ALTHEIDE v. O'CALLAGHAN

No. 20,459.

140 Ind. App. 240 (1966)

212 N.E.2d 794

ALTHEIDE v. O'CALLAGHAN, ETC.

Court of Appeals of Indiana.

Order on Rehearing April 22, 1966.

Rehearing denied November 21, 1966.

Transfer denied January 27, 1967.


Attorney(s) appearing for the Case

Stevens, Wampler, Travis & Feagler, of Plymouth, for appellant.

Marshall Kizer, and Kizer & Neu, of Plymouth, for appellee.


PER CURIAM.

This is an appeal from the Marshall Circuit Court. The appellees filed a motion for new trial on the grounds:

"1. That the decision for the Court is contrary to law."

The court sustained the motion for new trial and the appellant filed assignment of errors which reads as follows:

"1. The Court erred in granting the motion of the appellees Esther L. O'Callaghan and Grace Ladd O'Callaghan for a new trial. 2. The Court erred in failing to state in writing his specific reasons for sustaining the motion for new trial. 3. Under the facts, circumstances and situation in this cause, there was no legal reason why the motion for a new trial should be granted nor can the granting of a motion for new trial be legally sustained by any specific reasons in writing, if same were given by the Trial Court."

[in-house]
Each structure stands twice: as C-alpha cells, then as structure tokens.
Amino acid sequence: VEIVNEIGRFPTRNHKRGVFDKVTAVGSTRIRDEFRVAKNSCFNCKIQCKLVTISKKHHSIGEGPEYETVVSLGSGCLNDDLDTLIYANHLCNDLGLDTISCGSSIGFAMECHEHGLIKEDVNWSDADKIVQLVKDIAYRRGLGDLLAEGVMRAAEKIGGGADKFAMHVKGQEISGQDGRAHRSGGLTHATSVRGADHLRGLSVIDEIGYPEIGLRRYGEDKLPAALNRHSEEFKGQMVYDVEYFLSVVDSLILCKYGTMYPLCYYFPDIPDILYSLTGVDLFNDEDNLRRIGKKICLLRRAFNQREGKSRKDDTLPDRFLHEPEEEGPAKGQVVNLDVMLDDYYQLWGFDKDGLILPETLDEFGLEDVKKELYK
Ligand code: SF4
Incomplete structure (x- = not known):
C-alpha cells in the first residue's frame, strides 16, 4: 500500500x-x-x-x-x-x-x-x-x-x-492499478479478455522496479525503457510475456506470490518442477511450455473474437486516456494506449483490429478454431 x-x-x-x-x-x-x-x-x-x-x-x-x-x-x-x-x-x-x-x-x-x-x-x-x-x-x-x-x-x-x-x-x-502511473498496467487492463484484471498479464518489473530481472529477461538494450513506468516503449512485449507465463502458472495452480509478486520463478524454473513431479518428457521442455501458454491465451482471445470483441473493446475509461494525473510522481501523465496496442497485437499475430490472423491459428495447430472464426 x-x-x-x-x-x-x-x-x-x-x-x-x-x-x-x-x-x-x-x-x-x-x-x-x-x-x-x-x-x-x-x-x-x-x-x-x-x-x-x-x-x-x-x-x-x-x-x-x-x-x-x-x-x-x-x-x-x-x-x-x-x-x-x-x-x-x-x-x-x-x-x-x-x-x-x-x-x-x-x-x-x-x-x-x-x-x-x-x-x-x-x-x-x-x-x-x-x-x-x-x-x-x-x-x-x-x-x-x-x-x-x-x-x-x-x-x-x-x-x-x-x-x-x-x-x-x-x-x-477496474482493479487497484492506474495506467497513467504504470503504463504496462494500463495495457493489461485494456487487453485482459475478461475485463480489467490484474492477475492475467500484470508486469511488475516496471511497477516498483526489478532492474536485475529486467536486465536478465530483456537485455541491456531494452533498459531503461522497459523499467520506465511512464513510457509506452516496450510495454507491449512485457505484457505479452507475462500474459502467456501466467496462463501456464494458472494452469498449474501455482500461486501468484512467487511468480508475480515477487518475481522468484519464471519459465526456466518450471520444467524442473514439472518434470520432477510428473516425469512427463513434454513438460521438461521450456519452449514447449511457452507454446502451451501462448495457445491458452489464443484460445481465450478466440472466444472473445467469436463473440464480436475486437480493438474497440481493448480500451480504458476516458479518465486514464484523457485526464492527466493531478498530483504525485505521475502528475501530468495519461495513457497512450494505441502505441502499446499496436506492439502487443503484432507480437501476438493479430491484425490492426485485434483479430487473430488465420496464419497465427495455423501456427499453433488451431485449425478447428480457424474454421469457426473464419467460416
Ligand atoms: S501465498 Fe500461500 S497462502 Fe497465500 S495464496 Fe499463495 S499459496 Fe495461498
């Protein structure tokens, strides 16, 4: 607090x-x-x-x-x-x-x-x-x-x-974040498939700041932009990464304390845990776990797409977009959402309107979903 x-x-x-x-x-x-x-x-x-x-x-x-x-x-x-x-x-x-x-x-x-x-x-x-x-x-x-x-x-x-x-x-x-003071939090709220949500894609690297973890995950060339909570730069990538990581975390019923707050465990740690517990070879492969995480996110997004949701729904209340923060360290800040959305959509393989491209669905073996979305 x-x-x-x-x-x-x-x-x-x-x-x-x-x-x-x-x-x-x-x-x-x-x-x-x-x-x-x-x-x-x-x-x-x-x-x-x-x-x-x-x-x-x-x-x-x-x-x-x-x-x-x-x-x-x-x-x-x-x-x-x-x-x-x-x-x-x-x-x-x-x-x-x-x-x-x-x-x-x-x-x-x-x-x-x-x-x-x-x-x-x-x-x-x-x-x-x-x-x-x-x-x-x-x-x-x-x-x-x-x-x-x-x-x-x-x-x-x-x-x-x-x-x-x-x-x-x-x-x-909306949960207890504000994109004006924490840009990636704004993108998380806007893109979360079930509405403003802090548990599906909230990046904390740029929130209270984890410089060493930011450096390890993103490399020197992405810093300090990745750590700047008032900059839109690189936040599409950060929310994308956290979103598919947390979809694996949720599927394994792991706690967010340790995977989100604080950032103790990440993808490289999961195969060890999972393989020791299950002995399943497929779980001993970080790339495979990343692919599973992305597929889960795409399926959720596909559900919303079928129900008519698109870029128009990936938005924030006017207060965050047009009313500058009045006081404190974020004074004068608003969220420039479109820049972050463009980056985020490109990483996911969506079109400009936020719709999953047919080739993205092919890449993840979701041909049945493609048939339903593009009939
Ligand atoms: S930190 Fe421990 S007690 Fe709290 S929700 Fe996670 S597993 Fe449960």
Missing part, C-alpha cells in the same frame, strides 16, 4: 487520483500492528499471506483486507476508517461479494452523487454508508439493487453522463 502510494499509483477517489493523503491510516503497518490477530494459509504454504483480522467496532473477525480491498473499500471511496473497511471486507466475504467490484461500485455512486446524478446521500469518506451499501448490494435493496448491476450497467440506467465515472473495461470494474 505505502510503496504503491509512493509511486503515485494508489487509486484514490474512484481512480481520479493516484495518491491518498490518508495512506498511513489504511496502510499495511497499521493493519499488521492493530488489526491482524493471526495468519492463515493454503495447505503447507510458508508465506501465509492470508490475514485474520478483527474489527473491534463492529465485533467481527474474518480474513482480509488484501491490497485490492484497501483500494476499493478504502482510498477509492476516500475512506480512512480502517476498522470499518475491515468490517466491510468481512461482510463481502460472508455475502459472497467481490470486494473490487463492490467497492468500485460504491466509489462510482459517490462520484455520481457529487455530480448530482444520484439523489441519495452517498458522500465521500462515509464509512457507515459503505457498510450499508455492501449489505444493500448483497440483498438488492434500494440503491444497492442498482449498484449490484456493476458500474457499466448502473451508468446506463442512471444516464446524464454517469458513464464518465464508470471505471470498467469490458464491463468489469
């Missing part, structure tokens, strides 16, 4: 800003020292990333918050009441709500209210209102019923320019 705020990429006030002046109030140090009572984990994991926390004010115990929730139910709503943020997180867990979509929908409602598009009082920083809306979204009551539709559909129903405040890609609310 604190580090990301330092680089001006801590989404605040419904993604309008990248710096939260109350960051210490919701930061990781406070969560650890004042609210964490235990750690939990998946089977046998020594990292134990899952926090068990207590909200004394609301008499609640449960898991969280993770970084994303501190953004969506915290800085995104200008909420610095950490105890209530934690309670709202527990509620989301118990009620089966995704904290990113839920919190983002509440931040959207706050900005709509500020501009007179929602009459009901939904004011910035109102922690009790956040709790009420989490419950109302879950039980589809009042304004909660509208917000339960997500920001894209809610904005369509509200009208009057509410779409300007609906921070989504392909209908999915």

The appellant filed the transcript which did not contain a bill of exceptions setting out the evidence. There is no reference to the evidence in the appellant's brief.

Appellees filed a motion to dismiss the appeal or affirm the judgment setting up that the appellants had failed to comply with the Supreme Court rule 2-5 with respect to the transcript and rule 2-17D with respect to the brief. Appellees supported their motion by brief. Appellants filed a brief in opposition to the motion of appellees. No application has been made to this court to correct the transcript by certiorari or to amend the brief. In making this comment we are not passing upon the question of whether or not such application would be timely.

Propositions 2 and 3 of the appellant's assignment of error present no question for our consideration. Even with an affirmative ruling on these propositions we would not have before us a transcript or brief which would properly present a question for our consideration under the motion for new trial and the assignment of errors.